Many things come to mind when we think of growing and using herbs. For example, the delightful fragrance of an aromatic bath with lavender, a scrumptious dish with basil, and the piney scent of rosemary when you're barbecuing. These easy-to-grow plants provide fragrance, flavors to our favorite dishes, look great in our yards, attract pollinators -- the list goes on and on. Turns out these beloved plants can also keep the bugs at bay. Yep, there's a handful of herbs with strong scents that we find pleasant but not the mosquitos and other insects. Try pairing these herbs together in a container near a door or where you gather outdoors. When you're outdoors, to get the maximum effect, simply crush some of the herbs in your hands to release their perfume into the air. It also will help to rub the oils on your skin. Plant these naturally insect-repelling herbs so you can enjoy your outdoors without all the buzz!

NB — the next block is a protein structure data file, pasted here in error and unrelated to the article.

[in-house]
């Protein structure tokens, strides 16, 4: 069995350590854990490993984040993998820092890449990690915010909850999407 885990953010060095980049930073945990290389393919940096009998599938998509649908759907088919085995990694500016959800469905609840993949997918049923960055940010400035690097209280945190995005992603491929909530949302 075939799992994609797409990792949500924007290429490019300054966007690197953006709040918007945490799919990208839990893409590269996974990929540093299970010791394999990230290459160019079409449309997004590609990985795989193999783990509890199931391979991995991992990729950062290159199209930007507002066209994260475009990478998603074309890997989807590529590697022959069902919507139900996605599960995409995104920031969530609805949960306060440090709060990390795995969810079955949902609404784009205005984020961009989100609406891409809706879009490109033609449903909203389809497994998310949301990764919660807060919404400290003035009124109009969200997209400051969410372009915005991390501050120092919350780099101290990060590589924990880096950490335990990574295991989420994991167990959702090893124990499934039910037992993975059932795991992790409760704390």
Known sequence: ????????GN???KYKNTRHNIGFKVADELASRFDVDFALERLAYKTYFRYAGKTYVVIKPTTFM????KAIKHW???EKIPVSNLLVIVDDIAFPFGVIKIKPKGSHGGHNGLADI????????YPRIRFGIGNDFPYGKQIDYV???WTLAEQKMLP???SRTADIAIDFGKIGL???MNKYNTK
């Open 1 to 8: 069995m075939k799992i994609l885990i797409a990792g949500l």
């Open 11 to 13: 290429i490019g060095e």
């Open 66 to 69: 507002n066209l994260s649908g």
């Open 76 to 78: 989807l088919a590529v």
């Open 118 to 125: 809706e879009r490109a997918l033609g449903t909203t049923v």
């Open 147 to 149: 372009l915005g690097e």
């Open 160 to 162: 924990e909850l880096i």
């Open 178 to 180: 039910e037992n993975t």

Lavender. This gorgeous purple flowering plant provides a soothing, calming scent to humans, but mosquitoes and many other insects don’t like the smell and will stay away.
Basil. Basil is one of the few herbs that give off a scent without the leaves having to be crushed. For a quick, natural repellant take a few leaves and rub them on your skin.
Rosemary. Planning on gathering fireside? Try burning a little rosemary. The fragrant smoke it puts off will smell good to you, but the bugs won't think so.
Catnip. Studies suggest that catnip may be even more effective at repelling mosquitoes than DEET, the ingredient used in most commercial bug repellents, which is highly toxic.
Lemon Balm. It contains high levels of a compound called citronellal, which gives it its lemony aroma and flavor that bugs find so unpleasant.
Peppermint. Biting bugs don’t like the scent of peppermint, so you can crush up the leaves and rub it on your skin. This herb provides double-duty too as it acts as itch relief if you do get bitten.
TIP: We also recommend surrounding your patio or deck with containers of lemony-scented geraniums, called Citronella Geraniums. These perennials are often called the "mosquito plant" due to it's strong citronella-like smell.